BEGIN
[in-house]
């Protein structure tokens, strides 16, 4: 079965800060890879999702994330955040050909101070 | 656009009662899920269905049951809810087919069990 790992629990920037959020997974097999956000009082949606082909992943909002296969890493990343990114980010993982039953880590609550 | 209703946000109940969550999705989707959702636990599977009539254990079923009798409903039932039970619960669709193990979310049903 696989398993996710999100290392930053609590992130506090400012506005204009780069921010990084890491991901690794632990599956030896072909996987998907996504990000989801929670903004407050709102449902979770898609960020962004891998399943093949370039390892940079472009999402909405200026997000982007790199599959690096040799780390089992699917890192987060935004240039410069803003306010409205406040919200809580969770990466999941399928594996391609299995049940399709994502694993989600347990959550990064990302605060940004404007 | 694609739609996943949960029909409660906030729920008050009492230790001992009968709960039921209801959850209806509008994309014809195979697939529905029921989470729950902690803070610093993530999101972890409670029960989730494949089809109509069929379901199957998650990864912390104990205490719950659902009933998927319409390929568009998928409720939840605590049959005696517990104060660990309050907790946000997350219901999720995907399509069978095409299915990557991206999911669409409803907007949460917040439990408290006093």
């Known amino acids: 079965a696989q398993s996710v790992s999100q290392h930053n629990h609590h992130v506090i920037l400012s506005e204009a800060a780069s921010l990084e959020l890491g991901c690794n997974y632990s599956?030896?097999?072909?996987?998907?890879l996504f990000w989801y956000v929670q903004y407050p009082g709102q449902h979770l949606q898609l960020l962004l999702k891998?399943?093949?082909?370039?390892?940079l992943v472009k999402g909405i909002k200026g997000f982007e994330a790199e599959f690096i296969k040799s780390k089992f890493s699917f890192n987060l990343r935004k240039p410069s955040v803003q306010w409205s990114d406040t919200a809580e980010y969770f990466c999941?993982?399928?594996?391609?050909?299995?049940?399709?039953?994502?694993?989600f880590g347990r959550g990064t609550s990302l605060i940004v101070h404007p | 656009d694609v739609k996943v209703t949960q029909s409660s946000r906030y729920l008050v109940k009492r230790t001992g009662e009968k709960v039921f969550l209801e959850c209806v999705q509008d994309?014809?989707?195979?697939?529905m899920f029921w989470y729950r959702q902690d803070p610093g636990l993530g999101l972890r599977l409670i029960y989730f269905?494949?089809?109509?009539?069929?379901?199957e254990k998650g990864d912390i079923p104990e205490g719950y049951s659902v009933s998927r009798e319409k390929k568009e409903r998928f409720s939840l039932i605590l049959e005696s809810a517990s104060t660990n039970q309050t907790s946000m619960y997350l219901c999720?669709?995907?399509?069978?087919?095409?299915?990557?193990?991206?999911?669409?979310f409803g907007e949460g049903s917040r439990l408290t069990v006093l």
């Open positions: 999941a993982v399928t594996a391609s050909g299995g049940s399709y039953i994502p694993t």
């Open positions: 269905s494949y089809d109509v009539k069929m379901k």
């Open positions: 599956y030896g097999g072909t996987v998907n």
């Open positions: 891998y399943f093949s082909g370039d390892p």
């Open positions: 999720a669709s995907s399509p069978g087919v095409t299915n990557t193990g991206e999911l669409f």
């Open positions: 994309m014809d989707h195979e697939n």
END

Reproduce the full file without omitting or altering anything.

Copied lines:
[in-house]
């Protein structure tokens, strides 16, 4: 079965800060890879999702994330955040050909101070 | 656009009662899920269905049951809810087919069990 790992629990920037959020997974097999956000009082949606082909992943909002296969890493990343990114980010993982039953880590609550 | 209703946000109940969550999705989707959702636990599977009539254990079923009798409903039932039970619960669709193990979310049903 696989398993996710999100290392930053609590992130506090400012506005204009780069921010990084890491991901690794632990599956030896072909996987998907996504990000989801929670903004407050709102449902979770898609960020962004891998399943093949370039390892940079472009999402909405200026997000982007790199599959690096040799780390089992699917890192987060935004240039410069803003306010409205406040919200809580969770990466999941399928594996391609299995049940399709994502694993989600347990959550990064990302605060940004404007 | 694609739609996943949960029909409660906030729920008050009492230790001992009968709960039921209801959850209806509008994309014809195979697939529905029921989470729950902690803070610093993530999101972890409670029960989730494949089809109509069929379901199957998650990864912390104990205490719950659902009933998927319409390929568009998928409720939840605590049959005696517990104060660990309050907790946000997350219901999720995907399509069978095409299915990557991206999911669409409803907007949460917040439990408290006093």
């Known amino acids: 079965a696989q398993s996710v790992s999100q290392h930053n629990h609590h992130v506090i920037l400012s506005e204009a800060a780069s921010l990084e959020l890491g991901c690794n997974y632990s599956?030896?097999?072909?996987?998907?890879l996504f990000w989801y956000v929670q903004y407050p009082g709102q449902h979770l949606q898609l960020l962004l999702k891998?399943?093949?082909?370039?390892?940079l992943v472009k999402g909405i909002k200026g997000f982007e994330a790199e599959f690096i296969k040799s780390k089992f890493s699917f890192n987060l990343r935004k240039p410069s955040v803003q306010w409205s990114d406040t919200a809580e980010y969770f990466c999941?993982?399928?594996?391609?050909?299995?049940?399709?039953?994502?694993?989600f880590g347990r959550g990064t609550s990302l605060i940004v101070h404007p | 656009d694609v739609k996943v209703t949960q029909s409660s946000r906030y729920l008050v109940k009492r230790t001992g009662e009968k709960v039921f969550l209801e959850c209806v999705q509008d994309?014809?989707?195979?697939?529905m899920f029921w989470y729950r959702q902690d803070p610093g636990l993530g999101l972890r599977l409670i029960y989730f269905?494949?089809?109509?009539?069929?379901?199957e254990k998650g990864d912390i079923p104990e205490g719950y049951s659902v009933s998927r009798e319409k390929k568009e409903r998928f409720s939840l039932i605590l049959e005696s809810a517990s104060t660990n039970q309050t907790s946000m619960y997350l219901c999720?669709?995907?399509?069978?087919?095409?299915?990557?193990?991206?999911?669409?979310f409803g907007e949460g049903s917040r439990l408290t069990v006093l």
């Open positions: 999941a993982v399928t594996a391609s050909g299995g049940s399709y039953i994502p694993t």
């Open positions: 269905s494949y089809d109509v009539k069929m379901k």
């Open positions: 599956y030896g097999g072909t996987v998907n």
């Open positions: 891998y399943f093949s082909g370039d390892p």
């Open positions: 999720a669709s995907s399509p069978g087919v095409t299915n990557t193990g991206e999911l669409f």
């Open positions: 994309m014809d989707h195979e697939n």